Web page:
“The kitchen of Edge Place was a modern installation; that is to say, it had been improved by Sir Thomas’s wife, Theodora, after their marriage fifty years earlier. The lady came from the ancient Palaeologos family and could trace her forebears clean back to the tenth century, when they were highnesses of Byzantium. She wished her food to be properly cooked and demanded a high-class Roman cuisine requiring charcoal braziers instead of an open fire in the middle of the kitchen.”

The current owner, Sir Thomas, while enjoying these modern conveniences is also being plagued at breakfast by a series of chain letters from the Knights Templar of Palestina:

“Chain of heroic love and good luck around the globe. All sanctified by His Reverence the Ninth in Succession to the Throne of the World Soul given on the fourth day of revelation at the New Olympus…”

‘What the deuce is all this drivelling balderdash, may I ask?’ –  Sir Thomas, dangerously purple, stared at it in furious perplexity.

Only Joan Aiken would know… as she runs rings around history…

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Find all the Wolves Chronicles here

Midwinter Nightingale

 

 

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Meet Joan Aiken…

JA Movie

Would you like to go for a walk with Joan Aiken, and hear how she came up with the ideas for her most famous books, the Wolves Chronicles,  or visit her in her home?

Well you can!

This short film was made by Puffin Books, and shows her on the Sussex Downs, near the village where she grew up, and in the little town of Petworth, where she bought her first home – an old pub called The White Hart.

You can also see her visit the real Rose Alley where she imagined Simon meeting Dido Twite for the first time, on the banks of the Thames, near the new Globe Theatre and opposite St.Paul’s Cathedral.

And finally see the real Cuckoo Tree that inspired one of her titles – quite famous locally, and even visited by fans from as far away as Japan… but extremely hard to find!

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Click here to watch

 Or go to the Joan Aiken Website FUN page and click on the MOVIE

 

 

 

In the spirit of Joan Aiken…

WLV_S_03

‘Once upon a time that never was…in an England that never existed…’ Joan Aiken wrote a story that was to become her signature work, a story that would live in the memories of readers and haunt them ever afterwards, just like the wolves of the now famous title.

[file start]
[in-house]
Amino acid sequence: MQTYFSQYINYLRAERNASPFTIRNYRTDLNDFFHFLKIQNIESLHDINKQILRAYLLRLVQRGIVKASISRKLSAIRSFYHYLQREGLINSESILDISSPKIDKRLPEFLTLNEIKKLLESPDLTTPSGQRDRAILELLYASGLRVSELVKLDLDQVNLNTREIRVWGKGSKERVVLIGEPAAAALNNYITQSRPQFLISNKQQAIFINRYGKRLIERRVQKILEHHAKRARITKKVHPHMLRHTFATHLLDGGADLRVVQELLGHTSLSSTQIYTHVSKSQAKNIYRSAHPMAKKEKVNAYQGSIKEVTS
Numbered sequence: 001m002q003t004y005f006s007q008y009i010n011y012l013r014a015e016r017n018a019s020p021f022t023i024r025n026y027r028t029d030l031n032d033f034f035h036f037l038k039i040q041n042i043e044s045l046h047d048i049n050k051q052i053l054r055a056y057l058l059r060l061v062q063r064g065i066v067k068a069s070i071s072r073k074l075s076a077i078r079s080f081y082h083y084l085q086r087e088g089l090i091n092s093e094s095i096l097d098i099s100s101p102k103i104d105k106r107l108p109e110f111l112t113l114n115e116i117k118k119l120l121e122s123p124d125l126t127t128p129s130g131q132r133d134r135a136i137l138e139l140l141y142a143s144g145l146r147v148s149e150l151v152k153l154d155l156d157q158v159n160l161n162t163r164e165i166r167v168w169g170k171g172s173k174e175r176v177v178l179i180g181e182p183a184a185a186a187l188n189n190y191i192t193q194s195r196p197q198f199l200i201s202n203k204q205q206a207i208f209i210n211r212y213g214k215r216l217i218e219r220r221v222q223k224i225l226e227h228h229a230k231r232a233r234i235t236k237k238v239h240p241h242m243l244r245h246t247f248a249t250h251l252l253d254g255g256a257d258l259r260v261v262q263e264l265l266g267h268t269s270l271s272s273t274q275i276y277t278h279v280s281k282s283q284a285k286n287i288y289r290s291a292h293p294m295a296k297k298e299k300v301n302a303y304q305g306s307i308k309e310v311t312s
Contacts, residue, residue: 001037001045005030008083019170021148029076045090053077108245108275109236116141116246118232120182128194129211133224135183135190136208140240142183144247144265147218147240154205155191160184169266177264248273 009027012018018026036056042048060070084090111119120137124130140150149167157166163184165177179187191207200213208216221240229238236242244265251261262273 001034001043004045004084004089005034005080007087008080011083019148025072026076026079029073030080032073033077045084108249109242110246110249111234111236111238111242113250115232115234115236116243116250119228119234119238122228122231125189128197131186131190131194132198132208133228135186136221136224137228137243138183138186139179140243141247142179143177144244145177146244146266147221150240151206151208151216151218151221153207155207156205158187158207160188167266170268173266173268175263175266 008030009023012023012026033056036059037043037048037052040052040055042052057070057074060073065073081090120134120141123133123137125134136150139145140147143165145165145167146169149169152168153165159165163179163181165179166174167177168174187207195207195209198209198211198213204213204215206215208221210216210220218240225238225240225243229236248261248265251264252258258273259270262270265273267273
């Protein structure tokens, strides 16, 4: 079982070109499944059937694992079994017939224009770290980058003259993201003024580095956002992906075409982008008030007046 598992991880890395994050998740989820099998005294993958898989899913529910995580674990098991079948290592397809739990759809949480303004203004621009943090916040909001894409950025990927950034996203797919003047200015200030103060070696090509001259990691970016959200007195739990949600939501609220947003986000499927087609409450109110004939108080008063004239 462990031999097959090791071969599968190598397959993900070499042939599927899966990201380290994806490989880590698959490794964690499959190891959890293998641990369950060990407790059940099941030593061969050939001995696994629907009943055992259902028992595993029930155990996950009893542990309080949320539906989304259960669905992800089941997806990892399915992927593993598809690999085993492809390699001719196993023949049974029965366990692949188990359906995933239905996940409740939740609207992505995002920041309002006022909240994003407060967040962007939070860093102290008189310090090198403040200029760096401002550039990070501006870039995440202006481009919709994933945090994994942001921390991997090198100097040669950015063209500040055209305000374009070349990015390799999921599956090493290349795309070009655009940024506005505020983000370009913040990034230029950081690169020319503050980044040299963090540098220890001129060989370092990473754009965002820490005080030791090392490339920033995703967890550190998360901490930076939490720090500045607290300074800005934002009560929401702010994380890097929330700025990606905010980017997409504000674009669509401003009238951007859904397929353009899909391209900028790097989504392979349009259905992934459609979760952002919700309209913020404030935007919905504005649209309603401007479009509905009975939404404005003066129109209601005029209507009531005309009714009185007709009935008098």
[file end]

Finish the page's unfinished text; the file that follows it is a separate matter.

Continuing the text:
One of the people who responded enthusiastically was an American schoolboy called William Akers in Tennessee, whose teacher read the story aloud to his class.  He decided that one day he would write a screenplay of the book and get it filmed, and years later he did, having shared his plan with Joan Aiken, and sold his dream to British production company Zenith.

Although they assembled a fantastic cast including Mel Smith, Richard O’Brien and Stephanie Beacham they also ran amok with the Gothic action – having villainess Miss Slighcarp terrorise the two small heroines with a steam powered sledge and a devastating array of kitchen knives so the dream became more of a nightmare…Steam sleighAnother young reader who never forgot the story was Russ Tunney, and his adaptation first produced in 2010 in a collaboration between the Nuffield Theatre, Southampton where he was artistic director, and touring company Forest Forge Theatre directed by Kirstie Davis, has since been published by Nick Hern Books, and presented by amateur and professional companies.

The latest hugely successful sell-out production has been at the tiny Jack Studio Theatre in Brockley, South London, where the company, like Tunney, have brought out the poetry of the book, and shown the seasons and landscape described by Joan Aiken as an ever-changing background to the adventures of the two heroines and their struggle to defeat the human ‘wolves’ of the title. This dramatic story moves from the misty snowy woods and rivers of the great house of Willoughby Chase, to the blossoming Yorkshire Dales of their journey south to find friends.

This script also uses folk songs – Wild Mountain Thyme and Black is the Colour of My True Love’s Hair – as well as scenes of skating and travelling to give a visual sense of the journey of discovery made by the characters, and their developing relationships, and this production has some lovely sequences of movement and dance, not just with the wolves, but with the snowy and then greening trees on their way.